Marisa Mell

From Wikipedia, the free encyclopedia
  (Redirected from Marissa Mell)
Jump to navigation Jump to search
Marisa Mell
Marisa Mell.jpg
Mell during the filming of Danger: Diabolik (1968)
Born
Marlies Theres Moitzi

(1939-02-24)24 February 1939
Died16 May 1992(1992-05-16) (aged 53)
OccupationActress
Spouse(s)Henri Tucci (1959-63; divorced)

Marisa Mell (born Marlies Theres Moitzi; 24 February 1939 – 16 May 1992) was an Austrian actress. Appearing in films across Europe in the sixties, she suffered a setback in the failure of an American musical. She settled in Italy where her high profile love life and long association with Pier Luigi Torri, a playboy later to become one of the most wanted fugitives in the world, made her familiar to readers of tabloid press stories about the European jet set and elite Rome nightclubs. Mell was typecast as a resilient femme fatale. In reality, she was a vulnerable figure who suffered from bad luck and ill-judged personal choices. In the eighties, she was forced to relocate back to Austria. Isolated, with a long standing drug problem having taken an obviously heavy toll on her health she subsisted in straitened circumstances in her last years before dying in Vienna aged 53 years old. Her best regarded film is the critically re-assessed Danger: Diabolik.[1]

Career[edit]

Mell left her home city of Graz to attend the Max Reinhardt drama school where her fellow students included Senta Berger. After four years in stage work, she began to appear in starring roles in European films.[1]

In 1963, she was involved in a serious automobile accident in France. For six hours, she lay unconscious, unaware that she nearly lost her right eye. The disfigurement extended to her lip as well. She spent the next two years undergoing plastic surgery, and no damage remained in her face, except for a distinctive curl of her upper lip.[1]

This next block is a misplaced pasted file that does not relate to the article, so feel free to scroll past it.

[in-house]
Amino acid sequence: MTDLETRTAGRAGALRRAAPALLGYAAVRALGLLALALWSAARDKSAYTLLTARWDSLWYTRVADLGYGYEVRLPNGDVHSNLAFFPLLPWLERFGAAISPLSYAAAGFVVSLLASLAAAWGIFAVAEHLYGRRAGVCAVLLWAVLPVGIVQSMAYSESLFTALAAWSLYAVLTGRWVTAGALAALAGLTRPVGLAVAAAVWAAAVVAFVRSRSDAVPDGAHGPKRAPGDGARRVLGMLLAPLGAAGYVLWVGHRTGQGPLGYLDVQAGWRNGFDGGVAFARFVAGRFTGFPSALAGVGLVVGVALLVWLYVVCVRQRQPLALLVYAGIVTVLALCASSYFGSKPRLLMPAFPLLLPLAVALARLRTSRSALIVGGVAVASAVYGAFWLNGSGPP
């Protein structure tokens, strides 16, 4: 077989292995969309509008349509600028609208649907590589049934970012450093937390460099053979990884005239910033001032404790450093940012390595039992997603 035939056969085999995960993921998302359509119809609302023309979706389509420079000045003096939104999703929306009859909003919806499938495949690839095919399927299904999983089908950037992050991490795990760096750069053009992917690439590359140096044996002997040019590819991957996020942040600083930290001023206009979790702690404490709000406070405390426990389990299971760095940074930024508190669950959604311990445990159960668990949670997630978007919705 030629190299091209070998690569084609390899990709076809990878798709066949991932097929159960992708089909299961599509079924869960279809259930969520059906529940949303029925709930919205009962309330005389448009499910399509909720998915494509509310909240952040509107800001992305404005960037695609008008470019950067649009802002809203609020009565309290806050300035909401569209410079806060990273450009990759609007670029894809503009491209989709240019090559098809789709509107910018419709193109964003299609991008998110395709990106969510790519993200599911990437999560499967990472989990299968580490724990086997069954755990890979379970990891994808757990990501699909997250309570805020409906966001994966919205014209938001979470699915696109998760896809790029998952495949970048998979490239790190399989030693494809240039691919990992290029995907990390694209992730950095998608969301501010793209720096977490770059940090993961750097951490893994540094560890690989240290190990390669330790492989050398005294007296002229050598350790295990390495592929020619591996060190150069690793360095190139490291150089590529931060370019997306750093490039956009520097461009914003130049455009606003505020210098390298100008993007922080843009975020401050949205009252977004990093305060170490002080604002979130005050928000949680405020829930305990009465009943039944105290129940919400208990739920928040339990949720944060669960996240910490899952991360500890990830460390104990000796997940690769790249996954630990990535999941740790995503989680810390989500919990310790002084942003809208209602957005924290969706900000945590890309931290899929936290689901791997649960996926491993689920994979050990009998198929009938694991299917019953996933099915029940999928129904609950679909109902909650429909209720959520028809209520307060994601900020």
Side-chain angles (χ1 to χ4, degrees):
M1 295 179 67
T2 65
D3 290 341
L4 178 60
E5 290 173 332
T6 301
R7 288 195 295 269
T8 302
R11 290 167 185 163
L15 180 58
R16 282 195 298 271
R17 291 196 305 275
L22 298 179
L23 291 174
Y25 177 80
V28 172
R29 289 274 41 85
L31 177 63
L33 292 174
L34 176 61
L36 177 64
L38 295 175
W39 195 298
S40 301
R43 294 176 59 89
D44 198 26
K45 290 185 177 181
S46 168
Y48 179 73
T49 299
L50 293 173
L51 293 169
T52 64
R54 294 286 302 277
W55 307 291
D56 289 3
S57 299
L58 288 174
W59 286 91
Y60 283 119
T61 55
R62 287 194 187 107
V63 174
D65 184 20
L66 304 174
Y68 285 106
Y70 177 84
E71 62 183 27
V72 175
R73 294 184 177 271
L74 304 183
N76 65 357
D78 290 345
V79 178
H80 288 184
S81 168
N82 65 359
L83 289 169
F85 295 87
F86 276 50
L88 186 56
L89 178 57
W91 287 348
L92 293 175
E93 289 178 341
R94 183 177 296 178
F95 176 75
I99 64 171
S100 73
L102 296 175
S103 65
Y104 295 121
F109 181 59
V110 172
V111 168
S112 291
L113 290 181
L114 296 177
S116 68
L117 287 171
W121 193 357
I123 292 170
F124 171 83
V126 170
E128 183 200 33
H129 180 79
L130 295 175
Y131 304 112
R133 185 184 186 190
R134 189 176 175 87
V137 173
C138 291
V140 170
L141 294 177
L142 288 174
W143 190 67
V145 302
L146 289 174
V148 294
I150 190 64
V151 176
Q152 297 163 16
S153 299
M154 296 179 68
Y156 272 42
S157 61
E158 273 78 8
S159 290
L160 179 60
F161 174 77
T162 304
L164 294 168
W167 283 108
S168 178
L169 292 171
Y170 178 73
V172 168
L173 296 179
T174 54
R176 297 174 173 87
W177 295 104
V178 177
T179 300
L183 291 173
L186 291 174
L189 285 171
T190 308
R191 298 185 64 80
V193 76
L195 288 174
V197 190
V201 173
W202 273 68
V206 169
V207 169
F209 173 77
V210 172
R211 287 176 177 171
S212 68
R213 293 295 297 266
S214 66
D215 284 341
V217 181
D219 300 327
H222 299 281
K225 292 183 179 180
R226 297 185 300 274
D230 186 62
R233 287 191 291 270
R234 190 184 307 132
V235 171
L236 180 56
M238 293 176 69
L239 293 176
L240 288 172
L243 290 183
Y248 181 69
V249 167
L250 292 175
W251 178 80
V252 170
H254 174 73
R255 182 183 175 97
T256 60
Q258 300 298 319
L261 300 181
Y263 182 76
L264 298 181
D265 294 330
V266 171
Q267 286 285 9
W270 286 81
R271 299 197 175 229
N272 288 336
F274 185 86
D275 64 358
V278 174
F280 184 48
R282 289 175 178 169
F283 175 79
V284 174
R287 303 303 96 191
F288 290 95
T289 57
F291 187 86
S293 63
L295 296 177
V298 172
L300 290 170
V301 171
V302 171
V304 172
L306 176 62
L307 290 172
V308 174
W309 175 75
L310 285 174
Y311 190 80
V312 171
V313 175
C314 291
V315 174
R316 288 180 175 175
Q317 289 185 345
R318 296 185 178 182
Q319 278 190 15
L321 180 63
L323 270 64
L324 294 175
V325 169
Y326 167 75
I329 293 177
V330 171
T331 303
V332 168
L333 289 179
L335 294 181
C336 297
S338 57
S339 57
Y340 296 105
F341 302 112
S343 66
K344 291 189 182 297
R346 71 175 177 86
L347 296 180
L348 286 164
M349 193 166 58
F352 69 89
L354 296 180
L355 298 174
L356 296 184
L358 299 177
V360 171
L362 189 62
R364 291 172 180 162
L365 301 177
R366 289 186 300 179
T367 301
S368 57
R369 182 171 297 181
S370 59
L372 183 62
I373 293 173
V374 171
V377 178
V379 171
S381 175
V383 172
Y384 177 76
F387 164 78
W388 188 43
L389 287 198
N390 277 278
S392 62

After the Eurospy film Secret Agent Super Dragon (1966), she secured the title role in the "utterly calamitous" musical Mata Hari alongside Pernell Roberts. A preview performance in Washington, D.C. became infamous for its numerous technical problems,and producer David Merrick decided to close the production.[2] For the rest of her life Mell had difficulty acknowledging the failure, which may have played a part in her moving to Italy where her stories of a successful Broadway run were not challenged.[3] She said had turned down a lucrative seven-year Hollywood contract because "the contract was a whole book. I think that even to go to the toilet I would have needed a permission."[3] In 1968, Mell had her best-known film role as Eva Kant in Danger: Diabolik, which was poorly received initially but has been championed by later film critics. At this time Mell was appearing in what were by Italian standards major productions that got American releases. She suffered the death of a prematurely born daughter in 1969, and was never to have another child.[3][1]

Mell's name had been romantically linked with number of European and Hollywood male stars, but in Italy she was often the centre of paparazzi stories about Rome nightlife along with her aristocratic playboy/film producer boyfriend until 1971, when he got into a series of legal difficulties and fled the country.[1] One of the most recognisable beauties in Italian film, she continued to work steadily throughout the seventies, and posed for Italian Playboy.[1] Her marketability in Italy had declined by the late eighties to the point that she was not being offered even low budget exploitation films, and she returned to Austria to live in impoverished and isolated circumstances.[1] Mell's public profile was very low by her latter years although she got some acting work shortly before her 1992 death in Vienna from throat cancer. She was 53.[1]

Selected filmography[edit]

References[edit]

  1. ^ a b c d e f g h Tom Lisanti; Louis Paul (2002). Film Fatales: Women in Espionage Films and Television, 1962-1973. ISBN 1476667977.
  2. ^ "Merrick Shoots Mata". Time. 8 December 1967. Retrieved 5 February 2018.
  3. ^ a b c Peter Marks (24 March 2006). "A Role Rekindled". The Washington Post.

External links[edit]